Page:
Operational Variations

There are also other methods of writing or reading the cells 110, 200. For example, since the gate material is the same for both the NMOS device 170 and the PMOS device 180, the difference in threshold voltages of these two devices will be approximately equal to the band gap of silicon, or approximately 1 V. Therefore the device can be programmed to a third unique state by storing a voltage between the two threshold voltages. Under such conditions, both the NMOS 170 and PMOS 180 device will be “off”, which is different from the previously discussed states of one transistor always “on”. This operation would be a tri-state (or trinary) memory cell which has many potential uses. The most obvious is that the effective memory density would be increased by 50% (3 pieces of information per cell versus 2). Multi-state logic has received much attention in the literature, and this cell could find use in such architectures.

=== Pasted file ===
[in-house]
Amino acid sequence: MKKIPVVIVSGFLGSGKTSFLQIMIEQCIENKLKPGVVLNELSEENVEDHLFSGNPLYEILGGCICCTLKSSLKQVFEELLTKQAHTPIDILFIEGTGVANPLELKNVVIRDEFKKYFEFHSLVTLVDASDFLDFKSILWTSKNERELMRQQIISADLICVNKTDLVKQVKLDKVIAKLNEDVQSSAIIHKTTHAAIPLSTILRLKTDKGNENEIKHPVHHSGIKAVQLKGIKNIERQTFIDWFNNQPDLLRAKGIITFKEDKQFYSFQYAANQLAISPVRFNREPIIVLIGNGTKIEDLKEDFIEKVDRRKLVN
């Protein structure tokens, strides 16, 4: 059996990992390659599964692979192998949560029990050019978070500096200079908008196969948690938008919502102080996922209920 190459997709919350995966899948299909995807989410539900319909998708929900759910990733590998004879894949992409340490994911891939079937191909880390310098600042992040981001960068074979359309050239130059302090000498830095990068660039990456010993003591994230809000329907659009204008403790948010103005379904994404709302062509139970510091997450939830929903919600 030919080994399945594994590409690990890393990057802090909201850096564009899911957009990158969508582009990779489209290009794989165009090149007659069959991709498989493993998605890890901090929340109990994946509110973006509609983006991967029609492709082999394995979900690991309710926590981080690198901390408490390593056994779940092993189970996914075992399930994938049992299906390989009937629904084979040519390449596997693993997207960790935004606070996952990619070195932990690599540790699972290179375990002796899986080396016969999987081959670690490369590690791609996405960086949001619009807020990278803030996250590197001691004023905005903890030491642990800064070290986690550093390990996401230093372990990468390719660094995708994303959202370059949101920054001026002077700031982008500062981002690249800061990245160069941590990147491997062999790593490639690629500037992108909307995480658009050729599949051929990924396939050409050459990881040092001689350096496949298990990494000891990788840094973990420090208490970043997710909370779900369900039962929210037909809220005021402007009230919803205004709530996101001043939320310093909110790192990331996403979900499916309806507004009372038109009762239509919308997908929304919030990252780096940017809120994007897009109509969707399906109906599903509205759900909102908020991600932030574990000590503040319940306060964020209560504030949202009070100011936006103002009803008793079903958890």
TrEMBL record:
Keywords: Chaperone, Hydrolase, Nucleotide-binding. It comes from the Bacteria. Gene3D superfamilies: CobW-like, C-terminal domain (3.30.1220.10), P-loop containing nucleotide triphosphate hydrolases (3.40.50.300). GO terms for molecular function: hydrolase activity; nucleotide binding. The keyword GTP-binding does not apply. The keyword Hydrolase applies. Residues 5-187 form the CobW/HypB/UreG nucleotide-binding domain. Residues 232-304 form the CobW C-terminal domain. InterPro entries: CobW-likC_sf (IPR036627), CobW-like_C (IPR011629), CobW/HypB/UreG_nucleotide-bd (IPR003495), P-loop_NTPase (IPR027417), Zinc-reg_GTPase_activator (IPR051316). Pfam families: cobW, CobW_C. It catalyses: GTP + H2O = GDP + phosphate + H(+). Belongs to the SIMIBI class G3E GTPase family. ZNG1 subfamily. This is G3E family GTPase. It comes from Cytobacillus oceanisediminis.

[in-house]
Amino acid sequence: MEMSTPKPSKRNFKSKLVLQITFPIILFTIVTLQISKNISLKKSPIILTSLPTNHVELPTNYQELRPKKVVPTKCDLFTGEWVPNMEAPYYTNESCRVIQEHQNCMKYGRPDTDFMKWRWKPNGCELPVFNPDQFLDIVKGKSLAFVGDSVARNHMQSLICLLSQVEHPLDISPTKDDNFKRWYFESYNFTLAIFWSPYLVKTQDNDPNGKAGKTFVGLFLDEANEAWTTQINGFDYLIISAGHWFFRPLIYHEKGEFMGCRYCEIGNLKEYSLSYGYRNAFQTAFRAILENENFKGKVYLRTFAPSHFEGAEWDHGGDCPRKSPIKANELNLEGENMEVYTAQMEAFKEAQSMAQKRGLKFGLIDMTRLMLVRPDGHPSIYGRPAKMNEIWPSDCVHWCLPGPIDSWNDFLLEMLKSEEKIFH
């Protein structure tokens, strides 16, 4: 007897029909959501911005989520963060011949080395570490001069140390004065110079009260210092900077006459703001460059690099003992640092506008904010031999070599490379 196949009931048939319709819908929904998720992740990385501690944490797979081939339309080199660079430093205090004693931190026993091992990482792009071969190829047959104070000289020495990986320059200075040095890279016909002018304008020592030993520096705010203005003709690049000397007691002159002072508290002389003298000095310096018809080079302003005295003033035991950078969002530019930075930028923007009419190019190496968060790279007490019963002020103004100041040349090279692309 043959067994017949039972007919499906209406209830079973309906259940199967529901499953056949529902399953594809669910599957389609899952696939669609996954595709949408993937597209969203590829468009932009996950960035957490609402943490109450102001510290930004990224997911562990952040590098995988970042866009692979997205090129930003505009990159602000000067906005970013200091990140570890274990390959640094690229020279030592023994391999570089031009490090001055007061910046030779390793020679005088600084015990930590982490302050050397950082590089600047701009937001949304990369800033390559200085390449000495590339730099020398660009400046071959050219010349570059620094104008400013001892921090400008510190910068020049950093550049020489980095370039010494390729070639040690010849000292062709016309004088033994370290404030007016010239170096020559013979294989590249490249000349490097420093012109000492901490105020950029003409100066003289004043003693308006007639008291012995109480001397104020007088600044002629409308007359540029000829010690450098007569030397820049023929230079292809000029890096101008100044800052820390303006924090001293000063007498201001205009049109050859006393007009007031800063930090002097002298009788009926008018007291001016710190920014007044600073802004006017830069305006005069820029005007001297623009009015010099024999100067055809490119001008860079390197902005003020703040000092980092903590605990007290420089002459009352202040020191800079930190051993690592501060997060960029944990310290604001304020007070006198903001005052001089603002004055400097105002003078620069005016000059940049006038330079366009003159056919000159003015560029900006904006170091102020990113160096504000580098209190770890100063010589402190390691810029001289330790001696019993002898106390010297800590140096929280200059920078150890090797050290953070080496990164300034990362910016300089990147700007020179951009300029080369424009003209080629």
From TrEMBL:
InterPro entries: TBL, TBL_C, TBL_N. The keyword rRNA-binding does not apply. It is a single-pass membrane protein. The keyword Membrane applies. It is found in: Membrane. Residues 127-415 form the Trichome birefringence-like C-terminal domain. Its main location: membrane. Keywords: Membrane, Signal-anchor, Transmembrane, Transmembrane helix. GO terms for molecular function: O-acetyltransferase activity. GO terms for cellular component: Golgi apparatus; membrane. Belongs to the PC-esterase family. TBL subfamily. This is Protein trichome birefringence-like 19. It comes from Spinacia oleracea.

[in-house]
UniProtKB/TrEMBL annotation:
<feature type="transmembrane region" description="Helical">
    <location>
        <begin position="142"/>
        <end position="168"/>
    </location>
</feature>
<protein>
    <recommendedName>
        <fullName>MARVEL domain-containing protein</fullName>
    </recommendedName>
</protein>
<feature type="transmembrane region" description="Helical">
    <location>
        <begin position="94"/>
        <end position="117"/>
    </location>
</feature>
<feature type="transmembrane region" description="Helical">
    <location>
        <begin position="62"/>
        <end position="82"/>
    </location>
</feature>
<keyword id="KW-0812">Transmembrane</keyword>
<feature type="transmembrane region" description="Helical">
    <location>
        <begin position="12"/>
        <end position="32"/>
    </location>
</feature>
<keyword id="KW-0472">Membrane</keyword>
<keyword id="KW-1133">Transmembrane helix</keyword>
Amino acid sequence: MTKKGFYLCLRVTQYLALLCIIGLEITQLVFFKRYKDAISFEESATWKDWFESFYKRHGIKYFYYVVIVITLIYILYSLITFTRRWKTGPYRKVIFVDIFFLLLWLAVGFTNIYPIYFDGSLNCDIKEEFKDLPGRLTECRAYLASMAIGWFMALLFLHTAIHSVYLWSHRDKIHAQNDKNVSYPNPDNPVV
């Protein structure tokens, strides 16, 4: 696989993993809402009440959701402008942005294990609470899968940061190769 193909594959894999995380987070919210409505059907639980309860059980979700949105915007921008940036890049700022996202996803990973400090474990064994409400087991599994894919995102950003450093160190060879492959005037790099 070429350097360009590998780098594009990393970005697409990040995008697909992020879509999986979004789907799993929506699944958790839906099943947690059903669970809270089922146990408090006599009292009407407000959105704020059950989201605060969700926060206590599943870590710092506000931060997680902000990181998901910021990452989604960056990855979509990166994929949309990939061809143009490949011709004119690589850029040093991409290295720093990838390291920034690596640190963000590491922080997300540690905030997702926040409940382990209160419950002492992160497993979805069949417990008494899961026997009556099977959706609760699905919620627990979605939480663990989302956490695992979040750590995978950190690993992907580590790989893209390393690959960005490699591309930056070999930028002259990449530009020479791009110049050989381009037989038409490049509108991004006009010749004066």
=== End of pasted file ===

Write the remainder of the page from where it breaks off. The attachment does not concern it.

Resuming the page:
There is an additional feature of this device which warrants some discussion. When the cell 110, 200 is manufactured, the floating gate 140 may have little or no charge on it. However, after programming, the channel region 222 is accumulated with either holes or electrons. The polarity of the charge dictates where the metallurgical junctions are located. That is, if the channel 222 is accumulated with holes they form a diode junction at the N+ regions 170 (and there is no junction at the P+ region 180). Conversely, if the channel 222 is accumulated with electrons they form a diode junction at the P+ regions 180 (and there is no junction at the N+ region 170). This affects design of the injector 210 for ballistic injection since the junction location is determined by the charge state of the floating gate 140. For example if the floating gate 140 is positively charged, the channel 222 is accumulated with electrons and an injector near an N+ region 170 would not be at the metallurgical junction. For a negatively charged floating gate 140, such an injector 210 would be at the metallurgical junction. Since the injector efficiency is affected by the surrounding charge type and electric field this effect must be included in cell 110, 200 design.